“Then, almost at the edge of town, on our way to the Trade Mart for the Presidential luncheon, we were rounding a curve, going down a hill, and suddenly there was a sharp, loud report. It sounded like a shot. The sound seemed to me to come from a building on the right above my shoulder. A moment passed, and then two more shots rang out in rapid succession. There had been such a gala air about the day that I thought the noise must come from firecrackers – part of the celebration. Then the Secret Service men were suddenly down in the lead car. Over the car radio system, I heard ‘Let’s get out of here!’ and our Secret Service man, Rufus Youngblood, vaulted over the front seat on top of Lyndon, threw him to the floor, and said ‘Get down.'”
Lady Bird Johnson’s White House autobiography started out with the assassination of President John F. Kennedy. It was gripping, emotional, and all the behind-the-scenes information was interesting. Unfortunately, the rest of the First Lady’s book wasn’t nearly as engrossing.
Most of the chapters seemed to be laundry list of who’s who. She meticulously lists the guests of seemingly each and every dinner party or get-together. In fact, there appeared to be more space dedicated to the names of people, rather than about the events and climate surrounding the Johnson presidency.
Lady Bird Johnson came across as much different than the First Ladies that succeeded her. She was definitely not a political partner. She came across as more of a traditional housewife, thrust into a role of entertaining esteemed guests. In fairness to Lady Bird, perhaps it was the time. Reading this memoir in the 21st century definitely gave me unique look into the past. It was amazing to me that her husband could appoint African Americans to high posts within his administration at a time when blacks had not yet received the right to vote. That was a big deal, and yet she seemed to downplay it. Later on, when her husband signed into the law the Voting Rights Act (which gave blacks the right to vote), she missed the signing because she had been shopping. I think she did care, and understood the importance, but I believe her lack of active partnership when it came to Lyndon Johnson’s agenda, made her a little more distant to his acts as President.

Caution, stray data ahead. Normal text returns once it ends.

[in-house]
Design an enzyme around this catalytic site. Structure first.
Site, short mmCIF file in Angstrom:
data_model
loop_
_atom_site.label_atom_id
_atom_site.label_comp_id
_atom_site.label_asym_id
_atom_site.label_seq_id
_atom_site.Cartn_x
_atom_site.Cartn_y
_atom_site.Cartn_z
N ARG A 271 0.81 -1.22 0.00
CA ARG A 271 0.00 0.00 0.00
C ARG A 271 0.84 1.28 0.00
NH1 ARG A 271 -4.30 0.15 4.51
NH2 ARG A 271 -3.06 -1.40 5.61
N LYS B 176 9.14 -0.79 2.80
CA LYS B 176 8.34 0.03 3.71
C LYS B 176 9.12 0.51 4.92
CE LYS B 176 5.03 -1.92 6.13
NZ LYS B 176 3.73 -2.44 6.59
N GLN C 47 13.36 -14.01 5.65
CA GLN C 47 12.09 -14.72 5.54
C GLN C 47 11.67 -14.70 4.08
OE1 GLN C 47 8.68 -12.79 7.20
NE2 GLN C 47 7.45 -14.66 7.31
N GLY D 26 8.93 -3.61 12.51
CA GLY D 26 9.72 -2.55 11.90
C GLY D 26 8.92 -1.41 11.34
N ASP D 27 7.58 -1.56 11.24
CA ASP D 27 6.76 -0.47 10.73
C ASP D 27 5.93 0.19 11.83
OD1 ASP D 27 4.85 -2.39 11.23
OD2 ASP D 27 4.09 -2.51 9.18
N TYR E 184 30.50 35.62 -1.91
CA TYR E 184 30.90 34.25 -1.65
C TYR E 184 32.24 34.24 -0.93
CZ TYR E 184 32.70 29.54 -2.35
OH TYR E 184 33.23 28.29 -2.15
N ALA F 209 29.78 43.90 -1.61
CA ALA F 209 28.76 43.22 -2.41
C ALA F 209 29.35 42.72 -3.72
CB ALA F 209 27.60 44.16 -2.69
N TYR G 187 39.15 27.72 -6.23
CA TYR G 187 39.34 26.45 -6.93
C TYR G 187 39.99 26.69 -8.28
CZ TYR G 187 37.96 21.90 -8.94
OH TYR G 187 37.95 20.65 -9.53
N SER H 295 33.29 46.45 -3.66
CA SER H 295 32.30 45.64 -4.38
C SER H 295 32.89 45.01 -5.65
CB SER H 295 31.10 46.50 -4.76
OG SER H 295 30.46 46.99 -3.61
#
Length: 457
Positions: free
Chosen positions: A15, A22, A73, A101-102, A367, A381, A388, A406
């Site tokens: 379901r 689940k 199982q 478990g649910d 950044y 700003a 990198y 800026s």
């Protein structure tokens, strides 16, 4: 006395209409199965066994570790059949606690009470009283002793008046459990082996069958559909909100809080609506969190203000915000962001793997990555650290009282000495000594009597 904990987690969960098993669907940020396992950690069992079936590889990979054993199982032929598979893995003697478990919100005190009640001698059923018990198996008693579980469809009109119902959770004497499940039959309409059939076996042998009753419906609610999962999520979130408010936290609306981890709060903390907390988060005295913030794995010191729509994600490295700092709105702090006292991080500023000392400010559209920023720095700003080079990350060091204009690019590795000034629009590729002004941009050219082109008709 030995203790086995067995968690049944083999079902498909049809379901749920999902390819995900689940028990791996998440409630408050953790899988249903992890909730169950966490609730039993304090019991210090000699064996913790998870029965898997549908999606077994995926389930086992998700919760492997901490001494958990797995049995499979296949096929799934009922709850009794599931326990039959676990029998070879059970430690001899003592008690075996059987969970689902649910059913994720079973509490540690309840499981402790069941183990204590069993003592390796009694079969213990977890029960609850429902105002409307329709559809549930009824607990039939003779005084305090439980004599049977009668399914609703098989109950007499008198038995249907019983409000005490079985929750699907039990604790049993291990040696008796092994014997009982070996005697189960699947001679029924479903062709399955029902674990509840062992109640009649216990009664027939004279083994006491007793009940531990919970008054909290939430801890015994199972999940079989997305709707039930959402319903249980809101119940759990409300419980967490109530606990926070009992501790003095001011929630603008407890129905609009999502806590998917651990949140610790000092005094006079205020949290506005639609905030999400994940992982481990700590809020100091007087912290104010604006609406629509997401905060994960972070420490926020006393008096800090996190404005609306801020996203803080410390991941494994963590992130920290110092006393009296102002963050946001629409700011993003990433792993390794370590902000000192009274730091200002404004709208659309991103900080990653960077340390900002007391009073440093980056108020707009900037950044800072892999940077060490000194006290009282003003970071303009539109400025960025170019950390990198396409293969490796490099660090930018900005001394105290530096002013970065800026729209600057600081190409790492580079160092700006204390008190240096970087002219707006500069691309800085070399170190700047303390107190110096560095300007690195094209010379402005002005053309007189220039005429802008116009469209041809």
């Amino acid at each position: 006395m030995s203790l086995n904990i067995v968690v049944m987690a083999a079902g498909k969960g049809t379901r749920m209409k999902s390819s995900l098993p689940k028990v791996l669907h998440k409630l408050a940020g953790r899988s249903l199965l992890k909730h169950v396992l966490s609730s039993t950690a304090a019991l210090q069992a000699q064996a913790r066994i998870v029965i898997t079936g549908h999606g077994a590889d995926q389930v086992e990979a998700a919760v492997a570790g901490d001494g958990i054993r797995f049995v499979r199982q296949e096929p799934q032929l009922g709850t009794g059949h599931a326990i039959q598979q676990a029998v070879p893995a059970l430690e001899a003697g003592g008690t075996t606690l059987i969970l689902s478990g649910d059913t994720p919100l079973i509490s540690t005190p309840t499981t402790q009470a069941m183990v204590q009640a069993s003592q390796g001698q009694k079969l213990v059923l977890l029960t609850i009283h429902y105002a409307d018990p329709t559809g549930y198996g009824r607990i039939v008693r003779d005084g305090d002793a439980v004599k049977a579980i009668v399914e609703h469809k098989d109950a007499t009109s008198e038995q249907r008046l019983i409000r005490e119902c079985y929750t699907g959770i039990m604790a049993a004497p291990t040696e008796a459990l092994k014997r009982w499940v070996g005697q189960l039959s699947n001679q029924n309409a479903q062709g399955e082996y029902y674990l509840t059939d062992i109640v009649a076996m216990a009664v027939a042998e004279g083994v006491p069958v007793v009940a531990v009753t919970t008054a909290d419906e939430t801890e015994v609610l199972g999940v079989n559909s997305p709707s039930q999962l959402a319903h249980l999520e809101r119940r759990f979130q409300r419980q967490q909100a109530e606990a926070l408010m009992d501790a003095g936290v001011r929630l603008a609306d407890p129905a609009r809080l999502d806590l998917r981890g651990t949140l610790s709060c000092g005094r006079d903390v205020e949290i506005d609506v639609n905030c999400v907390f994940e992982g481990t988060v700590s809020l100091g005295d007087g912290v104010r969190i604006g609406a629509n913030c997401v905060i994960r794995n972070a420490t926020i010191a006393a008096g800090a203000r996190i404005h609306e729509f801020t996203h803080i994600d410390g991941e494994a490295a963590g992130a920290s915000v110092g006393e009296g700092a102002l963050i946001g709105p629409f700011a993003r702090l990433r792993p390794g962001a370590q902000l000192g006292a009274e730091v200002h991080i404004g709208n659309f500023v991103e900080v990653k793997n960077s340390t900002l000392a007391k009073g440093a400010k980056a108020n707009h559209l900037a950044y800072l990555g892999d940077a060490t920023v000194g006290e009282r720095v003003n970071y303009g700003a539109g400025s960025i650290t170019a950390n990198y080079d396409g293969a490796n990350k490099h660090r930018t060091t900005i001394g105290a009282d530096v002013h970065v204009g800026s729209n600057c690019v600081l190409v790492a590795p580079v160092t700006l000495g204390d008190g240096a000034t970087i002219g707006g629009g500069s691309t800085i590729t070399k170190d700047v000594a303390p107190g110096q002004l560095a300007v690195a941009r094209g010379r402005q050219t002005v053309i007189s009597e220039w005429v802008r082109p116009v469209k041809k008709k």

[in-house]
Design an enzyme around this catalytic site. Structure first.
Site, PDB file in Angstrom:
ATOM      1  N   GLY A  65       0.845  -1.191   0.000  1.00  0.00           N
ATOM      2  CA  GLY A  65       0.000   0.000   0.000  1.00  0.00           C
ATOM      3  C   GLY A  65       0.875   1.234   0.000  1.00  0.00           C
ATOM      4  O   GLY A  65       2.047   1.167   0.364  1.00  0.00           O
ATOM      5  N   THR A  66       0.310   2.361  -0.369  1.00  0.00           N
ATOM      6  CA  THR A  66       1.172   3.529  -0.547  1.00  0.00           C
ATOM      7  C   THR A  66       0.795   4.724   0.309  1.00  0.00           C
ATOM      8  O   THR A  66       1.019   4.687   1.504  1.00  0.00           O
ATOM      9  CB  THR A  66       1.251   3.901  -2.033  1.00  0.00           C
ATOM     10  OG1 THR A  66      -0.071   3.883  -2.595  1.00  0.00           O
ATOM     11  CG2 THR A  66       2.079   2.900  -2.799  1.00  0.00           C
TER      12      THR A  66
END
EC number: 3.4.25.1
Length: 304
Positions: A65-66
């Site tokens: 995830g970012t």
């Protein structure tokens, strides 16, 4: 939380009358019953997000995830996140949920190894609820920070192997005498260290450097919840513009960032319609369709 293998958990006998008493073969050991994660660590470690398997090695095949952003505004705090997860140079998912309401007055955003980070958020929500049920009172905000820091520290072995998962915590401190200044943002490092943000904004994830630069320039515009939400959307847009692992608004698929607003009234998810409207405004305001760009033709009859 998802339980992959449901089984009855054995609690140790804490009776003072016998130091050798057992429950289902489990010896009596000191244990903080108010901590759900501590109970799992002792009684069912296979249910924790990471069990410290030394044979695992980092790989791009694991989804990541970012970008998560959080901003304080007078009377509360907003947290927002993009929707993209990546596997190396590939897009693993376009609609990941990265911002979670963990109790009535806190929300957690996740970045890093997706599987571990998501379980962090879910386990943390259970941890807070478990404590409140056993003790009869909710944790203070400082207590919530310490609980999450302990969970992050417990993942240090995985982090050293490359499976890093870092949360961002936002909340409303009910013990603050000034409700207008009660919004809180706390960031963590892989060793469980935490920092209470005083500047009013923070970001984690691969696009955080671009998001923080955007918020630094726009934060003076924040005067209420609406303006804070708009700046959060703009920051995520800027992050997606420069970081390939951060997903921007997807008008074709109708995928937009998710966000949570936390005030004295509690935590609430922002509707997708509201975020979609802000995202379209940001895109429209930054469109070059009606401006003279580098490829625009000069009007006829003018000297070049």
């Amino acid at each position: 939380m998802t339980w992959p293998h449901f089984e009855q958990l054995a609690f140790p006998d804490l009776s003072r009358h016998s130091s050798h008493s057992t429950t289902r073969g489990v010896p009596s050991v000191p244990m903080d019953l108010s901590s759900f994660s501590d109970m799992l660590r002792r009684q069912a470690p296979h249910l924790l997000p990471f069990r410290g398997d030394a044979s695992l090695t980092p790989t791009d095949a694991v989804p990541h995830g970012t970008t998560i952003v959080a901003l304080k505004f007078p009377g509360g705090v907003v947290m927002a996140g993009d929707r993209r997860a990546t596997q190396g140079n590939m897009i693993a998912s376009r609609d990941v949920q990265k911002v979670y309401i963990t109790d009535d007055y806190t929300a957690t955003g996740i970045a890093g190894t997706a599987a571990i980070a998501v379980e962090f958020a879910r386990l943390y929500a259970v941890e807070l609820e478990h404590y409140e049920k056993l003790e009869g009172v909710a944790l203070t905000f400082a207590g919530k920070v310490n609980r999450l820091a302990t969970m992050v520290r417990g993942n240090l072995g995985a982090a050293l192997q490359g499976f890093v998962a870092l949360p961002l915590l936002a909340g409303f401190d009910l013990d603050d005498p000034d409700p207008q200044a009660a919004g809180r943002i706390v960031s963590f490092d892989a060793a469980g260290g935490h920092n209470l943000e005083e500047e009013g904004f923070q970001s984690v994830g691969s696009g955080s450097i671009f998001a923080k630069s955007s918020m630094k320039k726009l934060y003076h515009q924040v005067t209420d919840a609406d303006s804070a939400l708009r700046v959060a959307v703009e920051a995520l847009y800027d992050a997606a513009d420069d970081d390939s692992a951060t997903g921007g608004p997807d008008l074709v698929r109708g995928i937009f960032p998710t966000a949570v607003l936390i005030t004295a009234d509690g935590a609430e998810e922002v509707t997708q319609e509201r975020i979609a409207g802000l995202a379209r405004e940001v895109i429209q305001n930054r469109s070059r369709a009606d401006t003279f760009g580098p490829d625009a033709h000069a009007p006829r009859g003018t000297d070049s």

She was keenly interested in her husband’s health and comfort, however. Again, I believe it was partly the times – Lady Bird Johnson felt her number one duty was to see to her husband and children. I enjoyed reading about her daughters – especially when her youngest daughter Lucy decided to become a Catholic at the age of 18. I would have liked to hear more about what led up to that decision, but this book was about Lady Bird, and not Lucy Johnson.
The end the autobiography had more feeling and struggle as Lyndon Johnson’s presidency came to an end. There was so much opposition to the war in Vietnam – riots were occurring all across the country. So too, were continued assassinations. Following JFK, Martin Luther King and Robert Kennedy were killed during President Johnson’s watch.
In light of our current economic woes and the attempts to address them, I found the Johnson administrations stance to be most interesting. Lady Bird counsels the American people to “spend less” because there are so many poor people in the United States. If she was encouraging them to use that excess cash to help others, she failed to mention it. If she thought somehow restraint in consumer spending would help the poor, she was obviously lacking in an education on economics. And then, President Johnson called for a 6% income tax surcharge on all Americans at a time when the economy was in a downturn. Needless to say, neither the Republicans nor the Democrats supported him in this.
I will say it was a challenge to finish this book because it was very long and for the most part, boring. I skimmed the guest lists and read the chapters I found interesting. As a result, I’ve nearly completed my first lady challenge, and have decided to only read biographies and not autobiographies of the earlier first ladies.
2 stars (out 5)
Published in 1970
Amazon Book Preview of “A White House Diary”